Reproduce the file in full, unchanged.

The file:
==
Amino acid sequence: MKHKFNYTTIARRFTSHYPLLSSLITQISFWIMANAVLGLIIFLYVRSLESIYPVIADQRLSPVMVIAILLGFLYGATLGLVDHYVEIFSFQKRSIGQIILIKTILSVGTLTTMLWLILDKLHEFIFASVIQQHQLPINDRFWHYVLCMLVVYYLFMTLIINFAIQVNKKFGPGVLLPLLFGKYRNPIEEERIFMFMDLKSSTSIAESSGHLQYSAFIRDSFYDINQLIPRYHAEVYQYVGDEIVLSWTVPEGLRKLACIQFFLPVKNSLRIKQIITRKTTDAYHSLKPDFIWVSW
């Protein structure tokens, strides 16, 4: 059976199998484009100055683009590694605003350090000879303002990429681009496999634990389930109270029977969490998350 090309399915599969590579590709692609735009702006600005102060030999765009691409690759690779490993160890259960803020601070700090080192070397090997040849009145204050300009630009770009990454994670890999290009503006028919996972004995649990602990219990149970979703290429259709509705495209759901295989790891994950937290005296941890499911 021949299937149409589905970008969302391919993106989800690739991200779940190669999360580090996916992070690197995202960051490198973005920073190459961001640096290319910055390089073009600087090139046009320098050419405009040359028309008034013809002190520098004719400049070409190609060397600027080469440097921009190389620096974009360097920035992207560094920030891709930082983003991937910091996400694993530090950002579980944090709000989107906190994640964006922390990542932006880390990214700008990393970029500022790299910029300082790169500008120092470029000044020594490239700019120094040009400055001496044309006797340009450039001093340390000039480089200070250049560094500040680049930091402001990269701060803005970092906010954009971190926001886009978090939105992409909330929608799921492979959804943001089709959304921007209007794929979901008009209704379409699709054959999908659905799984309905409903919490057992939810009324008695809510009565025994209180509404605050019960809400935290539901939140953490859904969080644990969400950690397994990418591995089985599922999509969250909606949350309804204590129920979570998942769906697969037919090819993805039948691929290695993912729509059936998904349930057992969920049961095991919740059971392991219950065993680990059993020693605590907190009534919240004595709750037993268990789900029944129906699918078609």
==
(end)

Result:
Amino acid sequence: MKHKFNYTTIARRFTSHYPLLSSLITQISFWIMANAVLGLIIFLYVRSLESIYPVIADQRLSPVMVIAILLGFLYGATLGLVDHYVEIFSFQKRSIGQIILIKTILSVGTLTTMLWLILDKLHEFIFASVIQQHQLPINDRFWHYVLCMLVVYYLFMTLIINFAIQVNKKFGPGVLLPLLFGKYRNPIEEERIFMFMDLKSSTSIAESSGHLQYSAFIRDSFYDINQLIPRYHAEVYQYVGDEIVLSWTVPEGLRKLACIQFFLPVKNSLRIKQIITRKTTDAYHSLKPDFIWVSW
């Protein structure tokens, strides 16, 4: 059976199998484009100055683009590694605003350090000879303002990429681009496999634990389930109270029977969490998350 090309399915599969590579590709692609735009702006600005102060030999765009691409690759690779490993160890259960803020601070700090080192070397090997040849009145204050300009630009770009990454994670890999290009503006028919996972004995649990602990219990149970979703290429259709509705495209759901295989790891994950937290005296941890499911 021949299937149409589905970008969302391919993106989800690739991200779940190669999360580090996916992070690197995202960051490198973005920073190459961001640096290319910055390089073009600087090139046009320098050419405009040359028309008034013809002190520098004719400049070409190609060397600027080469440097921009190389620096974009360097920035992207560094920030891709930082983003991937910091996400694993530090950002579980944090709000989107906190994640964006922390990542932006880390990214700008990393970029500022790299910029300082790169500008120092470029000044020594490239700019120094040009400055001496044309006797340009450039001093340390000039480089200070250049560094500040680049930091402001990269701060803005970092906010954009971190926001886009978090939105992409909330929608799921492979959804943001089709959304921007209007794929979901008009209704379409699709054959999908659905799984309905409903919490057992939810009324008695809510009565025994209180509404605050019960809400935290539901939140953490859904969080644990969400950690397994990418591995089985599922999509969250909606949350309804204590129920979570998942769906697969037919090819993805039948691929290695993912729509059936998904349930057992969920049961095991919740059971392991219950065993680990059993020693605590907190009534919240004595709750037993268990789900029944129906699918078609």